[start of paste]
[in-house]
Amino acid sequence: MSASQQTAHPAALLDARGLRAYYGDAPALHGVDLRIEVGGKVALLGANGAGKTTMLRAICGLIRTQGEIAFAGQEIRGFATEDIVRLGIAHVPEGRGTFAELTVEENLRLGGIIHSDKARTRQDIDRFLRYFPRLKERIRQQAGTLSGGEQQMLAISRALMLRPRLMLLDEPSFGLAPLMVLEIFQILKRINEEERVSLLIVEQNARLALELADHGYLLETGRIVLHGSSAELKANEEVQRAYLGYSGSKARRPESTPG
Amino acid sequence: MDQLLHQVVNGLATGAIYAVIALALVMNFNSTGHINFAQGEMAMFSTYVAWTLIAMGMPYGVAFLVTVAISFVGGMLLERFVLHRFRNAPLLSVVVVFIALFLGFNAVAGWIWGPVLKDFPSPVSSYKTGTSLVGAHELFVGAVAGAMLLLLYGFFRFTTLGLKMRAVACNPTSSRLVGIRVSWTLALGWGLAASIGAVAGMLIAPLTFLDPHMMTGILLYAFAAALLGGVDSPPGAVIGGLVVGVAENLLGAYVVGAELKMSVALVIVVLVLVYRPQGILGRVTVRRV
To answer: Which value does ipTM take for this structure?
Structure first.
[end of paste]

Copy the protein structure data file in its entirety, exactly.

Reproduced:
[in-house]
Amino acid sequence: MSASQQTAHPAALLDARGLRAYYGDAPALHGVDLRIEVGGKVALLGANGAGKTTMLRAICGLIRTQGEIAFAGQEIRGFATEDIVRLGIAHVPEGRGTFAELTVEENLRLGGIIHSDKARTRQDIDRFLRYFPRLKERIRQQAGTLSGGEQQMLAISRALMLRPRLMLLDEPSFGLAPLMVLEIFQILKRINEEERVSLLIVEQNARLALELADHGYLLETGRIVLHGSSAELKANEEVQRAYLGYSGSKARRPESTPG
Amino acid sequence: MDQLLHQVVNGLATGAIYAVIALALVMNFNSTGHINFAQGEMAMFSTYVAWTLIAMGMPYGVAFLVTVAISFVGGMLLERFVLHRFRNAPLLSVVVVFIALFLGFNAVAGWIWGPVLKDFPSPVSSYKTGTSLVGAHELFVGAVAGAMLLLLYGFFRFTTLGLKMRAVACNPTSSRLVGIRVSWTLALGWGLAASIGAVAGMLIAPLTFLDPHMMTGILLYAFAAALLGGVDSPPGAVIGGLVVGVAENLLGAYVVGAELKMSVALVIVVLVLVYRPQGILGRVTVRRV
To answer: Which value does ipTM take for this structure?
Structure first.